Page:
Best case: Junior college transfer Darington Hobson took over the Mountain West in almost no time at all. The athletic forward did a bit of everything for the surprising Lobos and quickly worked his way into conference player of the year awards and an NBA draft selection in June. That's the kind of hole you don't quickly fill. Unless, of course, you're Steve Alford, who managed to wrangle two high-profile transfers this offseason, both of whom -- UCLA forward Drew Gordon and Tennessee forward Emmanuel Negedu -- were highly recruited out of high school. (Gordon came to New Mexico after clashing with UCLA coach Ben Howland; Negedu collapsed during a workout at Tennessee, had a defibrillator implanted in his heart, and found UNM to be one of the schools willing to clear him to play.) That frontcourt would be scary in any conference. In the Mountain West, it should dominate. And with senior point guard Dairese Gary back in command, the Hobson-less Lobos might even be better than last season.

Worst case: Of course, there are risks associated with New Mexico's new talent, risks Alford knows all too well. Gordon was unable to get along with teammates and coaches at UCLA. Negedu is enough of a health risk that even the slightest sign of heart trouble will likely end his career. (When talent-bereft Indiana tells a talented player it can't clear him, you know the player's health is risky, to say the least.) Alford was willing to take risks on players at Iowa, and those risks didn't always pan out. Pierre Pierce says hello. In any case, New Mexico's new talent will have to pan out if the Lobos plan on recreating last season's 30-5 season. If it doesn't, Alford's surging program could be due for a hasty backslide.


Best case: San Diego State might be this conference's best team. Considering the return of Jimmer Fredette and the talent available to Alford at UNM, that's saying something. Sophomore Kawhi Leonard is one of the best college basketball players you've never heard of, an irrepressible rebounder and top-notch defender who, with just a bit more offensive efficiency, might end up being the best player in the league. San Diego State returns basically everyone from last season's MWC-tournament winning team, including Malcolm Thomas, Billy White and D.J. Gay. The Aztecs had to fight to get into the NCAA tournament last season, but that shouldn't be a problem this time. Once they get there, they'll be looking to do a whole lot more than fight. That shouldn't be a problem, either.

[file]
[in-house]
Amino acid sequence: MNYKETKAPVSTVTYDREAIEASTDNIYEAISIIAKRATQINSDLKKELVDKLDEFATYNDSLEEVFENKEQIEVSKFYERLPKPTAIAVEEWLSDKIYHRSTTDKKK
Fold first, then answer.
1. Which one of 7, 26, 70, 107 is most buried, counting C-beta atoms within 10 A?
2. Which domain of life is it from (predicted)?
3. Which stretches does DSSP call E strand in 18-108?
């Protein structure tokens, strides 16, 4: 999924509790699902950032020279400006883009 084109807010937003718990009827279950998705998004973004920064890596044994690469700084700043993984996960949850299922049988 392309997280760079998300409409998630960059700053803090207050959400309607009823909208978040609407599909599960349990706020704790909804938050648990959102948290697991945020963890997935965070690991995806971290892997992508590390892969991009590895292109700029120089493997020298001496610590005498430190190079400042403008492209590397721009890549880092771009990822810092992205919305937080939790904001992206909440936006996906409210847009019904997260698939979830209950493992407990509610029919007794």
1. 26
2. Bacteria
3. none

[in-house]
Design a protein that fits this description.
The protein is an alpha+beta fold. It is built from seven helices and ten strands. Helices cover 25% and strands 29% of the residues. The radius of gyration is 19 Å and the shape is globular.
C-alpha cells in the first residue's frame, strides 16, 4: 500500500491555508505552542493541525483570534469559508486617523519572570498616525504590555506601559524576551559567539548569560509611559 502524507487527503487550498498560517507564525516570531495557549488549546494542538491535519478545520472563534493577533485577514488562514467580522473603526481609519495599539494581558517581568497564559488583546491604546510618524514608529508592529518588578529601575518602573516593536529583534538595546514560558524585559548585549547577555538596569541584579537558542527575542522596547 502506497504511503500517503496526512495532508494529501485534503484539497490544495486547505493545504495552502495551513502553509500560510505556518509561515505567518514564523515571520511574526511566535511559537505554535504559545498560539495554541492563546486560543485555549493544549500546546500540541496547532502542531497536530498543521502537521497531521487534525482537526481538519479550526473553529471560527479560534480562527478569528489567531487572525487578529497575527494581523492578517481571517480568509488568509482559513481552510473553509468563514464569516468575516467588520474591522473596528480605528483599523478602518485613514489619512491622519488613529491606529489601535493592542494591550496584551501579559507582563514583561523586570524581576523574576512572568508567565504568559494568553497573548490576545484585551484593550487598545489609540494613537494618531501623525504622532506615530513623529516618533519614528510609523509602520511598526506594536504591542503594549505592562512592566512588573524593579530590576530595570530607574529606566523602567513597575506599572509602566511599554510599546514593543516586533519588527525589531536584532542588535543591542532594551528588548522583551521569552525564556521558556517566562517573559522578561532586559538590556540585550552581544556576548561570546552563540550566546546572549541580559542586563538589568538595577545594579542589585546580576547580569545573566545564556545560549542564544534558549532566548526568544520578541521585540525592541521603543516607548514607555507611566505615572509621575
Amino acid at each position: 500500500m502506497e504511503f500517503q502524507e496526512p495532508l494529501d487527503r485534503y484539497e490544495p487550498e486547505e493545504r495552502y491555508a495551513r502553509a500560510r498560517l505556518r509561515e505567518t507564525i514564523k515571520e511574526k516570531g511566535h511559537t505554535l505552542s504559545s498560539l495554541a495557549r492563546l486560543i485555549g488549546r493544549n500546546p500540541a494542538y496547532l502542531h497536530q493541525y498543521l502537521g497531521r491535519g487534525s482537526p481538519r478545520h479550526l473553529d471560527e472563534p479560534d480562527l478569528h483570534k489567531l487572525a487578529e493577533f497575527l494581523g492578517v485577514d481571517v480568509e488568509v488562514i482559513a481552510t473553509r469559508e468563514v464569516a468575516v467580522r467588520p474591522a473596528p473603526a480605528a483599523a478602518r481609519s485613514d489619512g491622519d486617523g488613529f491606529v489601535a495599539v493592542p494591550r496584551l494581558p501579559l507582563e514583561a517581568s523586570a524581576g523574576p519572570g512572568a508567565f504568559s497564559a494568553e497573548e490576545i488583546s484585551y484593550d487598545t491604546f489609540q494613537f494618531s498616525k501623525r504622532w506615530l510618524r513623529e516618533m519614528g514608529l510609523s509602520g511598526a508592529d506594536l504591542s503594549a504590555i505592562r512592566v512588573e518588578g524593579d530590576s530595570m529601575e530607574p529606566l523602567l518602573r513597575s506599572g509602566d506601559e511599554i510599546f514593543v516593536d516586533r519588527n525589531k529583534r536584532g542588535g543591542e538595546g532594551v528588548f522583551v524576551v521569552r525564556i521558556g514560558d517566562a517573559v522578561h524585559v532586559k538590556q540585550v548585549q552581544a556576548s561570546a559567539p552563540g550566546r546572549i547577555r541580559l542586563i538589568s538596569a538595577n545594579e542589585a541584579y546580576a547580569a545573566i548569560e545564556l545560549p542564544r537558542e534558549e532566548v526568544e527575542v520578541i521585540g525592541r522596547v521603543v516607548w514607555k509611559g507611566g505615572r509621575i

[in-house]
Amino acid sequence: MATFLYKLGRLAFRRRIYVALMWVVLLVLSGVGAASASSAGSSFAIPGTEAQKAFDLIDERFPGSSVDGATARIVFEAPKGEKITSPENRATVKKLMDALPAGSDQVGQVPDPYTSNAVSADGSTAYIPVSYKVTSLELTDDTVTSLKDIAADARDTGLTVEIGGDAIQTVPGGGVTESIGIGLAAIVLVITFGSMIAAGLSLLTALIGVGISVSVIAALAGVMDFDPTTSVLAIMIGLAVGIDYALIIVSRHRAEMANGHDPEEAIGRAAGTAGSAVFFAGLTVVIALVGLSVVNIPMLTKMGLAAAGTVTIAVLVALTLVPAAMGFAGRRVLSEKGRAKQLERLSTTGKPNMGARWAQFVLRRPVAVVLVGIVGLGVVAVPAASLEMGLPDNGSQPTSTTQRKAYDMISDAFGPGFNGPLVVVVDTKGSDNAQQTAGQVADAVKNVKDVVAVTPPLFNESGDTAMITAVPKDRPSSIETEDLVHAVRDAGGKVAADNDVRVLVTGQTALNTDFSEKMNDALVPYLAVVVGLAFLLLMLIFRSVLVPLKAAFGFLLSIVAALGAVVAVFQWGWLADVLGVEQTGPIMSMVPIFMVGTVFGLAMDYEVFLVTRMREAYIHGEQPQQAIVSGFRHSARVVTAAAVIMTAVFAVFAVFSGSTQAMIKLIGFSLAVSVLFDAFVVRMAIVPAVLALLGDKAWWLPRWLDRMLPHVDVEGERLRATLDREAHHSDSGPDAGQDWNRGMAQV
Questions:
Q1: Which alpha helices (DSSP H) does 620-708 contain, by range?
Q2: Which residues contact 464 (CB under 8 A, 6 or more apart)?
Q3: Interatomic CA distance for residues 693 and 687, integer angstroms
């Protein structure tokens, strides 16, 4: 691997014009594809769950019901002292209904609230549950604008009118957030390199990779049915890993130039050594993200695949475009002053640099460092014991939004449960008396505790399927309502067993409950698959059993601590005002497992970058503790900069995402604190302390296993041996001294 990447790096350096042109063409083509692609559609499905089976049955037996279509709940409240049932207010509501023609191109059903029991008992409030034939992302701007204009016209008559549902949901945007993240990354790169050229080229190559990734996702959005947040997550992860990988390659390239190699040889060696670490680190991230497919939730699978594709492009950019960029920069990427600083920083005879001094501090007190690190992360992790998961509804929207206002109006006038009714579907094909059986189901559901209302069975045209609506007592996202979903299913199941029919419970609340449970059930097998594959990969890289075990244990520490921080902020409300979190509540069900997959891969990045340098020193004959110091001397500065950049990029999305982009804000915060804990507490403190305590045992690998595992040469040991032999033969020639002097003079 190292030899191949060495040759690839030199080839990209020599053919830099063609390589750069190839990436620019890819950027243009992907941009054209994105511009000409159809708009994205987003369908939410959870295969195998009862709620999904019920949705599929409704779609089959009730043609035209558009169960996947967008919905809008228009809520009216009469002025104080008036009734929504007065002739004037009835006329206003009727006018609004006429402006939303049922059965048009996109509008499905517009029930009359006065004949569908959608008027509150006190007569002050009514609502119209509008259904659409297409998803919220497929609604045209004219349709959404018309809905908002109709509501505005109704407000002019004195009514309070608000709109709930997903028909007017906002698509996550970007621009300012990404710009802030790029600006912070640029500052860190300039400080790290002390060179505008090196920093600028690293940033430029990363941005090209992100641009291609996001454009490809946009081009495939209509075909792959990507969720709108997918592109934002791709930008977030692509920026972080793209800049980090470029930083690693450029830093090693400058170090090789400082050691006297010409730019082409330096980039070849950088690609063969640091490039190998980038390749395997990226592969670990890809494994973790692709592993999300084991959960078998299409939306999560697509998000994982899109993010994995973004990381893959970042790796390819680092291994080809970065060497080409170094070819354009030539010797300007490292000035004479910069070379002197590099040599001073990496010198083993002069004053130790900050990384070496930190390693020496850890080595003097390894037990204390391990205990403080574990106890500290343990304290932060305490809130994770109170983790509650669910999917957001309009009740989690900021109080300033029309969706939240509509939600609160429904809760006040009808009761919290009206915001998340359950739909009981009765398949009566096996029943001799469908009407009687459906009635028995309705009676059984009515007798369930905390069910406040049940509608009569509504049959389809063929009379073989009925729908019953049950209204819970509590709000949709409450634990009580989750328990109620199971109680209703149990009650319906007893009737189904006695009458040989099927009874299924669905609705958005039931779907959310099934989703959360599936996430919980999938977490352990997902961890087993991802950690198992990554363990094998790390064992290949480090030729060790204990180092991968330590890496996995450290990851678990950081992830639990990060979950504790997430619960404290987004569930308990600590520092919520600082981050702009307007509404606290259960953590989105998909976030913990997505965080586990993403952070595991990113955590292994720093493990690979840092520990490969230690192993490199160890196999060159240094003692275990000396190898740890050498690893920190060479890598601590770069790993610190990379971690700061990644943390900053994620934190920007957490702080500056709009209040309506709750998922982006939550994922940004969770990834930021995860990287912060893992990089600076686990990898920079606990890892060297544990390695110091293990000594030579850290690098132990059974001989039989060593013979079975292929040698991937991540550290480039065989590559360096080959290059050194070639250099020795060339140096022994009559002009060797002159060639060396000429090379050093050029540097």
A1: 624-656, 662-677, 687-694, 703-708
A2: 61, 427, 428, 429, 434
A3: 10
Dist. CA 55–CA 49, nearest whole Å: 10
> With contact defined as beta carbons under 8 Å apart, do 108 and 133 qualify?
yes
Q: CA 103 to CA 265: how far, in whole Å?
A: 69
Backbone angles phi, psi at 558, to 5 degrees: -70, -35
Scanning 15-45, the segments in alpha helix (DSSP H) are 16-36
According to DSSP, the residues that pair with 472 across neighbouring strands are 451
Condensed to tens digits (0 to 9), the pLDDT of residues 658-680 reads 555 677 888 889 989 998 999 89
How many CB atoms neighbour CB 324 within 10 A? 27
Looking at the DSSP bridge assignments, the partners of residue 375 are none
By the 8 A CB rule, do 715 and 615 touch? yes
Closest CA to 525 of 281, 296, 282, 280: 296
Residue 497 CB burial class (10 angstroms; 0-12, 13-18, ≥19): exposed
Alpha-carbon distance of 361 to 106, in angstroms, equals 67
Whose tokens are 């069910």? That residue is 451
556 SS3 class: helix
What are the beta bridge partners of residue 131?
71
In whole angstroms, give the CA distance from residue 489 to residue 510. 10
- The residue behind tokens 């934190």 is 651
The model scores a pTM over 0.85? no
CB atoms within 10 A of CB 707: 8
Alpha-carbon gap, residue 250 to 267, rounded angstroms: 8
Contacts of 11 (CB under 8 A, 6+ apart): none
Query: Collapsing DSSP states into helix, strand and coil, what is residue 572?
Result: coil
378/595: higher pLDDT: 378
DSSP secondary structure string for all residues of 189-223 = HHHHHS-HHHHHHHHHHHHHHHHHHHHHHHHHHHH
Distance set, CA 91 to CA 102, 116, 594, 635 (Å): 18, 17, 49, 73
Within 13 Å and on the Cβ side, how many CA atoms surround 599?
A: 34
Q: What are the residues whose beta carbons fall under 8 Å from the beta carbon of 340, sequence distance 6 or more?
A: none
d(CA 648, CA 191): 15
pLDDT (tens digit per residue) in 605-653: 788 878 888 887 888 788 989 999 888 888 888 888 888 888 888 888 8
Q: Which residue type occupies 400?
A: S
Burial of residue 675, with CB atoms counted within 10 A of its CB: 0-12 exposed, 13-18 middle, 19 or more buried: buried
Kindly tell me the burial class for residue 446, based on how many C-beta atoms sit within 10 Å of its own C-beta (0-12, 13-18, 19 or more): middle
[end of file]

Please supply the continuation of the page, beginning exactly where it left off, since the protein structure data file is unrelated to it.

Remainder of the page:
Worst case: It's hard to fathom this team taking a step back, but the difference between NCAA tournament participant and NIT invitee can be razor-thin in the Mountain West. SDSU will have to fight off two very good teams at the top of its conference to assert its superiority. Failing that, the Aztecs might have to beat nonconference foes like Gonzaga and Saint Mary's (which, unfortunately, are not battles for the future of BYU's WCC-bound basketball team) and establish themselves as worthy of an at-large bid, even if the conference title goes wanting. Such is the life of a putative mid-major on the rise: You can't afford slip-ups, even if you're this good.


Best case: The Horned Frogs are nobody's idea of a basketball power, and that seems unlikely to change anytime soon. The good news is the return of junior point guard Ronnie Moss, who led the team in scoring in 2009-10. TCU also has Virginia Tech transfer Hank Thorns -- a potential all-name all-star, at least -- becoming eligible this fall, which will give coach Jim Christian another guard to round out his lineup. Christian would also do well to focus on his team's interior defense: The Horned Frogs allowed opponents to shoot an effective field goal percentage of 53.0 in 2009-10, good for a No. 323 national rank. (Opponents were especially deadly from inside the arc, where TCU allowed an eFG of 53.8 percent, nearly the worst in all of college hoops.) TCU won five conference games in 2009-10, which is something to build on. If that defense gets even marginally better, and Thorns can make some sort of impact, the Frogs could be more competitive than at any time since their leap to the conference in 2006.